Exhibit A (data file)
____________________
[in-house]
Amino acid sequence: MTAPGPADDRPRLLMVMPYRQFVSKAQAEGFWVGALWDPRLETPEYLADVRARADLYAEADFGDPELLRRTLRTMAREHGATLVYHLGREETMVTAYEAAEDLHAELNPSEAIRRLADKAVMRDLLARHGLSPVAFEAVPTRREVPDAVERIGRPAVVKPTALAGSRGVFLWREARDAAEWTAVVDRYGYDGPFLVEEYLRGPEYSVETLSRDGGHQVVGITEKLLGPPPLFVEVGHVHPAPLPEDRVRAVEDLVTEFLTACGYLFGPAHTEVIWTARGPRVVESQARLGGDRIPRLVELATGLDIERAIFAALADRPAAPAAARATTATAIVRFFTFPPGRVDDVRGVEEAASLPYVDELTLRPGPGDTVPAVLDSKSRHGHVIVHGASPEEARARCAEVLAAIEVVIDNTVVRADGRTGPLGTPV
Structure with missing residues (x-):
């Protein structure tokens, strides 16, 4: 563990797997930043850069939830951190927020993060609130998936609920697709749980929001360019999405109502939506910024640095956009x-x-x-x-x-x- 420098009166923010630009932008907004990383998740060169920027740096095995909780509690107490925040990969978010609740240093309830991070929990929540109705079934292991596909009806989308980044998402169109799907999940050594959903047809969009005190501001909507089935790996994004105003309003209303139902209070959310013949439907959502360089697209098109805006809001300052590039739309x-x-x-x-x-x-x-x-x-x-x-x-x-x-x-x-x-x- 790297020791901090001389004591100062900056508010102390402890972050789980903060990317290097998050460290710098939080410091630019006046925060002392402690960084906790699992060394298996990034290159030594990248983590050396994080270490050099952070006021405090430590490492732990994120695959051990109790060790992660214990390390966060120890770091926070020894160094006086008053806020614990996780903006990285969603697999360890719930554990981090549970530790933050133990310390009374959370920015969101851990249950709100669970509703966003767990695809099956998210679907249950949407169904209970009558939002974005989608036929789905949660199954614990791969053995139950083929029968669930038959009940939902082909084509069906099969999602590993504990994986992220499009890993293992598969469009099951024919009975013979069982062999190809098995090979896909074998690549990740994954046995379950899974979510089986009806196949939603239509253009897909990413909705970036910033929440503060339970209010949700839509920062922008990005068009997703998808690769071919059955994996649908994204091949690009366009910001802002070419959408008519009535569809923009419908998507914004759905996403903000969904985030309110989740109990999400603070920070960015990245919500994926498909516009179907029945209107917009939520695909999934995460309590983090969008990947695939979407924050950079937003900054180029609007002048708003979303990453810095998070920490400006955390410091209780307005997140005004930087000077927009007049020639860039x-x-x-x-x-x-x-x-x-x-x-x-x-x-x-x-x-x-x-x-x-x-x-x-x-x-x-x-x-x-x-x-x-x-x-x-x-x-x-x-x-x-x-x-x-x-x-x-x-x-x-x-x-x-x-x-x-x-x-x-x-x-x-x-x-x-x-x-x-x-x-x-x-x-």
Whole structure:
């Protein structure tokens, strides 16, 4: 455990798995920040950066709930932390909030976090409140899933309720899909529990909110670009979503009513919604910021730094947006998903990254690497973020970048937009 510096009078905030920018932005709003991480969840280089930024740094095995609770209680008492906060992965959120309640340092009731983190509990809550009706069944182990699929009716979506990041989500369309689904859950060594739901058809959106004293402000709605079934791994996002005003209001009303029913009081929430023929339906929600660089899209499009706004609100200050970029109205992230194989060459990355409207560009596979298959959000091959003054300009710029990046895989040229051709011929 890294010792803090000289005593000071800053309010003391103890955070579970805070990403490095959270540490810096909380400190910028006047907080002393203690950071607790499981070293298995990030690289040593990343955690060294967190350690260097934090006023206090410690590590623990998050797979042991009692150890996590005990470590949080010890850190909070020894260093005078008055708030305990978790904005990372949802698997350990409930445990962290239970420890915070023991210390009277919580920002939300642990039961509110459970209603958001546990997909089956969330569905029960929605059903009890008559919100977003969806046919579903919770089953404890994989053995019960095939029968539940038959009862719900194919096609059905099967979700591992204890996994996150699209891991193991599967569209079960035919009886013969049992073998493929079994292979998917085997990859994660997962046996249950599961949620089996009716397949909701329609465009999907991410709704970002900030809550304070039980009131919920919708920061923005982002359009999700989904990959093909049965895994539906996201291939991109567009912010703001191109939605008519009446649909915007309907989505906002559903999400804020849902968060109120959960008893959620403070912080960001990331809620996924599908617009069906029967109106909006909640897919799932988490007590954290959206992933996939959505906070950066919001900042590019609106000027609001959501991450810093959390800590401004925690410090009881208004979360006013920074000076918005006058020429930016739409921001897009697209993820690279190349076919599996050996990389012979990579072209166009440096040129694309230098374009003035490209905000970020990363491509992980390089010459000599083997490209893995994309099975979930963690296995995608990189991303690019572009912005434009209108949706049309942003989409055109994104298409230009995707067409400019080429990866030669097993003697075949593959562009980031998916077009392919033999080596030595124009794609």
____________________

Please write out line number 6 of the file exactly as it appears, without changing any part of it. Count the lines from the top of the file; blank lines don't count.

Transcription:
């Protein structure tokens, strides 16, 4: 455990798995920040950066709930932390909030976090409140899933309720899909529990909110670009979503009513919604910021730094947006998903990254690497973020970048937009 510096009078905030920018932005709003991480969840280089930024740094095995609770209680008492906060992965959120309640340092009731983190509990809550009706069944182990699929009716979506990041989500369309689904859950060594739901058809959106004293402000709605079934791994996002005003209001009303029913009081929430023929339906929600660089899209499009706004609100200050970029109205992230194989060459990355409207560009596979298959959000091959003054300009710029990046895989040229051709011929 890294010792803090000289005593000071800053309010003391103890955070579970805070990403490095959270540490810096909380400190910028006047907080002393203690950071607790499981070293298995990030690289040593990343955690060294967190350690260097934090006023206090410690590590623990998050797979042991009692150890996590005990470590949080010890850190909070020894260093005078008055708030305990978790904005990372949802698997350990409930445990962290239970420890915070023991210390009277919580920002939300642990039961509110459970209603958001546990997909089956969330569905029960929605059903009890008559919100977003969806046919579903919770089953404890994989053995019960095939029968539940038959009862719900194919096609059905099967979700591992204890996994996150699209891991193991599967569209079960035919009886013969049992073998493929079994292979998917085997990859994660997962046996249950599961949620089996009716397949909701329609465009999907991410709704970002900030809550304070039980009131919920919708920061923005982002359009999700989904990959093909049965895994539906996201291939991109567009912010703001191109939605008519009446649909915007309907989505906002559903999400804020849902968060109120959960008893959620403070912080960001990331809620996924599908617009069906029967109106909006909640897919799932988490007590954290959206992933996939959505906070950066919001900042590019609106000027609001959501991450810093959390800590401004925690410090009881208004979360006013920074000076918005006058020429930016739409921001897009697209993820690279190349076919599996050996990389012979990579072209166009440096040129694309230098374009003035490209905000970020990363491509992980390089010459000599083997490209893995994309099975979930963690296995995608990189991303690019572009912005434009209108949706049309942003989409055109994104298409230009995707067409400019080429990866030669097993003697075949593959562009980031998916077009392919033999080596030595124009794609």